Table of Contents
- Edge and Core Routing Primer
- Report Methodology
- Decision Criteria Analysis
- Evaluation Metrics
- Key Criteria: Impact Analysis
- Analyst’s Take
- About Logan Andrew Green
- About GigaOm
Today’s networking conversations focus heavily on modern solutions that leverage network function virtualization, software-defined networking (SDN), integrated security, and as-a-service delivery models. These technologies rely on virtualization and are built upon existing physical networking infrastructure. However, all these advanced networking technologies are available today only because of the modernization of edge and core routers. Even if these appliances have not moved much beyond their initial scope of delivering packets to their destination, new developments around disaggregation, automation, and orchestration are the key features that have enabled the network to be abstracted and become part of DevOps pipelines.
While edge and core routers are similar in the sense that they both forward network traffic, they sit in different places in network topologies and have different functions in terms of both hardware and software.
As the name implies, edge routers are those that reside at the topological edge of a network as the last appliance managed by an organization before connecting to an external network, such as the internet. Edge routers, by the nature of their use cases, can have different target deployments, such as aggregation, data center, service provider edge, and customer edge. Core routers are large appliances that can route large amounts of traffic within a network.
There are several differences between edge and core router appliances, including:
- Size and throughput: Edge routers are generally smaller and have lower throughput compared to core routers.
- Performance and features: Edge routers handle less traffic, but they can offer features such as traffic filtering, quality of service (Qos), encryption, and access controls. Core routers handle large amounts of traffic, and most of their computational power and memory are allocated to routing.
- Required power: To support greater throughput, core routers typically require more power than edge routers.
- Price: Core routers are generally more expensive than edge routers because of the higher-speed interfaces and higher overall throughput they support.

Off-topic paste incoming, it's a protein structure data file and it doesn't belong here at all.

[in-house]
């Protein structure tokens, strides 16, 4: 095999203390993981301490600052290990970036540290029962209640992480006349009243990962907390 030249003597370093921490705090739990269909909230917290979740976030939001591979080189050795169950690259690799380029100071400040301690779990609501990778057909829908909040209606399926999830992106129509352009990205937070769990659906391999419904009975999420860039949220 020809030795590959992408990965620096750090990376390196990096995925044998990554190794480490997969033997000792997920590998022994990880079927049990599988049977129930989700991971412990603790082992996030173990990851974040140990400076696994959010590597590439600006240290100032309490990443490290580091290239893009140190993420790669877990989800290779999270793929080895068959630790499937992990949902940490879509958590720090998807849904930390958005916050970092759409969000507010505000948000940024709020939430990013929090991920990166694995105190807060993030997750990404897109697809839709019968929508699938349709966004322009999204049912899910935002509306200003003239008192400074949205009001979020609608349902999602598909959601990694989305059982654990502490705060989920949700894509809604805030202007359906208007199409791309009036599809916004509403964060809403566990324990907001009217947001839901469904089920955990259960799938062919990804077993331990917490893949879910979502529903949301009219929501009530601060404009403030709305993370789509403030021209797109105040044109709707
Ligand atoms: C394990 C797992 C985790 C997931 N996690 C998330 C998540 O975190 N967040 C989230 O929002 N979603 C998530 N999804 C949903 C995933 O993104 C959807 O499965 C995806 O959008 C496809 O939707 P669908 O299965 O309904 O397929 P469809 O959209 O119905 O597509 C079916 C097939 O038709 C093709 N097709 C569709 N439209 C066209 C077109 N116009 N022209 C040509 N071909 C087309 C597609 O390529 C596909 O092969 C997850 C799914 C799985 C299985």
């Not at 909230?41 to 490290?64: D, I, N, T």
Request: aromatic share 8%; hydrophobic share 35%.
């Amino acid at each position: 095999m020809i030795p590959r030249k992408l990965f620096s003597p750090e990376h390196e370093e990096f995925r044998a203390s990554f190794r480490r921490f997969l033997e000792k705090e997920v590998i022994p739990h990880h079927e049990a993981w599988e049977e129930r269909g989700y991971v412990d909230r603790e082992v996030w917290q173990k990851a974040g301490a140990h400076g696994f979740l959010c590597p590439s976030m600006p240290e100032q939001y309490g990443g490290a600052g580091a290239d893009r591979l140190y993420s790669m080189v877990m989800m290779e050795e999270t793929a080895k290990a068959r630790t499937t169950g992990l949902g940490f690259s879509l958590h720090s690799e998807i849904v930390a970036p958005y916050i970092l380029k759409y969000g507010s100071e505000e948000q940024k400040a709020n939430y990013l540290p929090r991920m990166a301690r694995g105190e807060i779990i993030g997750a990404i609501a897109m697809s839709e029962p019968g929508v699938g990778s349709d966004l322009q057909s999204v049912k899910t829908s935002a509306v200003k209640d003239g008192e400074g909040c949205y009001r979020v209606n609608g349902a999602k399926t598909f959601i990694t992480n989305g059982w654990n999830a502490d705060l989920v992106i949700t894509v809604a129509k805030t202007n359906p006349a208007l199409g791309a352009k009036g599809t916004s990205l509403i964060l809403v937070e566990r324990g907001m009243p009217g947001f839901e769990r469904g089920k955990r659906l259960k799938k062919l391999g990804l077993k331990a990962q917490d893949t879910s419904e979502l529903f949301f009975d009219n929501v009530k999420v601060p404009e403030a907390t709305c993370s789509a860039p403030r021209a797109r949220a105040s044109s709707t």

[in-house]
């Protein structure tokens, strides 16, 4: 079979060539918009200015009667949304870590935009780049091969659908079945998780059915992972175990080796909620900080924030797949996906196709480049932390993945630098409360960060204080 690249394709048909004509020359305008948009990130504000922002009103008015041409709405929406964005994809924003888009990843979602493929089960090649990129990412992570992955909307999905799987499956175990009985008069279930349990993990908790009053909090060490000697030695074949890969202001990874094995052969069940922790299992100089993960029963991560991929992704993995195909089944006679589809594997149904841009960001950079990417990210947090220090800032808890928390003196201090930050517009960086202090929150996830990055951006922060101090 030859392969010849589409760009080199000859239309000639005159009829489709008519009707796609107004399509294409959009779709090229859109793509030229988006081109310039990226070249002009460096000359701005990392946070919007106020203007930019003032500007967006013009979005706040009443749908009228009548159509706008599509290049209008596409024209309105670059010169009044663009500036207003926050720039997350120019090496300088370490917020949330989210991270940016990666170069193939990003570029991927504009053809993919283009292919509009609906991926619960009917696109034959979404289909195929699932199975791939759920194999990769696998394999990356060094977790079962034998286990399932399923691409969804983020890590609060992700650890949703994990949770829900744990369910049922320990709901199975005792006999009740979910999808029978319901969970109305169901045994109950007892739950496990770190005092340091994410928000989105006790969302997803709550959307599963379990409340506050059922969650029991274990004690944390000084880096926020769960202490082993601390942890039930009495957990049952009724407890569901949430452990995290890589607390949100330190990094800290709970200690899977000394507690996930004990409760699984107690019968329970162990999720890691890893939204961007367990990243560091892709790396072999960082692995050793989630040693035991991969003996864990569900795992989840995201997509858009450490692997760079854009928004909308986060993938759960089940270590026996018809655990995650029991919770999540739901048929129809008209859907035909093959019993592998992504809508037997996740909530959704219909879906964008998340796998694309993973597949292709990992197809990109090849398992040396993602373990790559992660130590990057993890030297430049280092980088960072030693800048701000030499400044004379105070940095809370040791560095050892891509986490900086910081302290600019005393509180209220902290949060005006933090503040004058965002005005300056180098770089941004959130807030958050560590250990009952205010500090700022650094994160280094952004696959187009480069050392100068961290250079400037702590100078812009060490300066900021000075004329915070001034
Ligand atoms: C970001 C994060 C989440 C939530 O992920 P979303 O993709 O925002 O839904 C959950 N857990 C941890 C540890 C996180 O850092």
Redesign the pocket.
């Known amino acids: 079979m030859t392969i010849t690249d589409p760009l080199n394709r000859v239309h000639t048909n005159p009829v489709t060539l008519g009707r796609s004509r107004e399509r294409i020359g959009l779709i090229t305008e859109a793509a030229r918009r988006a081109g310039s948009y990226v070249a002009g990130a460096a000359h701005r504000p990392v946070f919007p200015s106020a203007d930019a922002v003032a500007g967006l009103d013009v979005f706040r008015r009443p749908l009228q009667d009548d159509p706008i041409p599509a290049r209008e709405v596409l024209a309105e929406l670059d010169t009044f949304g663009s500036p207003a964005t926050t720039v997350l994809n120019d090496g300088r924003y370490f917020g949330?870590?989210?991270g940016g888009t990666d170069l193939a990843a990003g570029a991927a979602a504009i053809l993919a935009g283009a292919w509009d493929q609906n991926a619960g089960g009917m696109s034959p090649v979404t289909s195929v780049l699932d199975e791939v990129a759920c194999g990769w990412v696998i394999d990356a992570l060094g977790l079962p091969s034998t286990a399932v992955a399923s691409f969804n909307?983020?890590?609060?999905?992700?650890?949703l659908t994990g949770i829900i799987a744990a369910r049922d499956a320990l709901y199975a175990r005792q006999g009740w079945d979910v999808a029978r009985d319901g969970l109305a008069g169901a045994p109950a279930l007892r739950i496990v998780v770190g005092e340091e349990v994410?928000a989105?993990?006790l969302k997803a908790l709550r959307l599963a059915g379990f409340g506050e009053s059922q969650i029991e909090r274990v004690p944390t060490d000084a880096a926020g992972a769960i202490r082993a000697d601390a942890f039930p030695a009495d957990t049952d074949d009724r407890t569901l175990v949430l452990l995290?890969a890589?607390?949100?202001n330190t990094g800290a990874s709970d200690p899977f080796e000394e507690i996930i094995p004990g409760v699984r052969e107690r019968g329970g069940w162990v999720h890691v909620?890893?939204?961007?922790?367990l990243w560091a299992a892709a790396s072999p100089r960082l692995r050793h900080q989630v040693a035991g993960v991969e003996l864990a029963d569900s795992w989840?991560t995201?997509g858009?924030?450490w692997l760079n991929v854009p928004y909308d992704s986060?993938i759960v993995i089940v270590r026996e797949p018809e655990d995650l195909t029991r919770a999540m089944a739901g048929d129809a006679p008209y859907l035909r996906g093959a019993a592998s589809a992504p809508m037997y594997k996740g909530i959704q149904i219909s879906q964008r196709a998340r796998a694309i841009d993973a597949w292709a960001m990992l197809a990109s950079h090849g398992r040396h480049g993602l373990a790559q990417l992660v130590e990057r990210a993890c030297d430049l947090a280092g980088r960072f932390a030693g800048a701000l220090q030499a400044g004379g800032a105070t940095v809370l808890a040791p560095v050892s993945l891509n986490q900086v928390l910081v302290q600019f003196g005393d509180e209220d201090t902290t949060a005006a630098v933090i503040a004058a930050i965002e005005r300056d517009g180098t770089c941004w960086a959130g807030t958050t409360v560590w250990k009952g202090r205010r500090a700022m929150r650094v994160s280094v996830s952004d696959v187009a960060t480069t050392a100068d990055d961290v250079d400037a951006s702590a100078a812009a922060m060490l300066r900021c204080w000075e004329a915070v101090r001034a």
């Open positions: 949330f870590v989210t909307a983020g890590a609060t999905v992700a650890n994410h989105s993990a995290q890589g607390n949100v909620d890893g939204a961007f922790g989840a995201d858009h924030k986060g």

The implications of hardware for routers are fairly straightforward—a larger chassis with more cards, a greater number of ports, and higher port speeds will result in a higher capacity, as well as higher costs.
Software implications depend on the router’s network operating system (NOS). Deployment and management of network devices need to be standardized at a software level. Edge and core router vendors are now offering generalized NOSs that run only the components the router needs. For example, the same NOS can run QoS functions on an edge router, but not on a core router.
For routers to deliver on the scalability requirements of modern enterprises and service providers, they need to be provisioned, configured, and managed remotely. This is now supported using several relatively new features such as service-layer APIs, support for YANG models with programmatic provisioning and real-time telemetry data, zero-touch provisioning (ZTP), integration of scripting languages, configuration management, software delivery and deployment through artifacts called Golden ISOs, and even support for containers.
The GigaOm Key Criteria and Radar reports provide an overview of the edge and core routing market, identify capabilities (table stakes, key criteria, and emerging technologies) and non-functional requirements (evaluation metrics) for selecting an edge and core routing solution, and detail vendors and products that excel. These reports give prospective buyers an overview of the top vendors in this sector and help decision-makers evaluate solutions and decide where to invest.
How to Read this Report
This GigaOm report is one of a series of documents that helps IT organizations assess competing solutions in the context of well-defined features and criteria. For a fuller understanding, consider reviewing the following reports:
Key Criteria report: A detailed market sector analysis that assesses the impact that key product features and criteria have on top-line solution characteristics—such as scalability, performance, and TCO—that drive purchase decisions.
GigaOm Radar report: A forward-looking analysis that plots the relative value and progression of vendor solutions along multiple axes based on strategy and execution. The Radar report includes a breakdown of each vendor’s offering in the sector.